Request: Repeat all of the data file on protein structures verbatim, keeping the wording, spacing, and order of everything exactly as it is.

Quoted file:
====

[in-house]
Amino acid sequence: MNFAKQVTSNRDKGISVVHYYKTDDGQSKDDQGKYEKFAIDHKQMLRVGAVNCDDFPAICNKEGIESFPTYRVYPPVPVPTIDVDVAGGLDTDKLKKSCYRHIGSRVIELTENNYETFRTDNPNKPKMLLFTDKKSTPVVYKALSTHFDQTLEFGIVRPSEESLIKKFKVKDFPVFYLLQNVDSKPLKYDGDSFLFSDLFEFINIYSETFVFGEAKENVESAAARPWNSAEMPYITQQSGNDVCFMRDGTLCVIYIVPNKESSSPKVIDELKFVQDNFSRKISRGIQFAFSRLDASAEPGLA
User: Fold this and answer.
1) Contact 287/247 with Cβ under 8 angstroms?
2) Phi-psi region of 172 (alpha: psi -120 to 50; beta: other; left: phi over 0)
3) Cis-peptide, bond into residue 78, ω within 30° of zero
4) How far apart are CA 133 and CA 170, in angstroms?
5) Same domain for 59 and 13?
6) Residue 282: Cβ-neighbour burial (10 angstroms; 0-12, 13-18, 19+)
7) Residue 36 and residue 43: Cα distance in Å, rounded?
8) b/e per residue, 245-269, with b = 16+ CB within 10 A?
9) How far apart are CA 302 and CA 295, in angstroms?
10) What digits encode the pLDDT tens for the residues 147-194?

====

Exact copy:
[in-house]
Amino acid sequence: MNFAKQVTSNRDKGISVVHYYKTDDGQSKDDQGKYEKFAIDHKQMLRVGAVNCDDFPAICNKEGIESFPTYRVYPPVPVPTIDVDVAGGLDTDKLKKSCYRHIGSRVIELTENNYETFRTDNPNKPKMLLFTDKKSTPVVYKALSTHFDQTLEFGIVRPSEESLIKKFKVKDFPVFYLLQNVDSKPLKYDGDSFLFSDLFEFINIYSETFVFGEAKENVESAAARPWNSAEMPYITQQSGNDVCFMRDGTLCVIYIVPNKESSSPKVIDELKFVQDNFSRKISRGIQFAFSRLDASAEPGLA
User: Fold this and answer.
1) Contact 287/247 with Cβ under 8 angstroms?
2) Phi-psi region of 172 (alpha: psi -120 to 50; beta: other; left: phi over 0)
3) Cis-peptide, bond into residue 78, ω within 30° of zero
4) How far apart are CA 133 and CA 170, in angstroms?
5) Same domain for 59 and 13?
6) Residue 282: Cβ-neighbour burial (10 angstroms; 0-12, 13-18, 19+)
7) Residue 36 and residue 43: Cα distance in Å, rounded?
8) b/e per residue, 245-269, with b = 16+ CB within 10 A?
9) How far apart are CA 302 and CA 295, in angstroms?
10) What digits encode the pLDDT tens for the residues 147-194?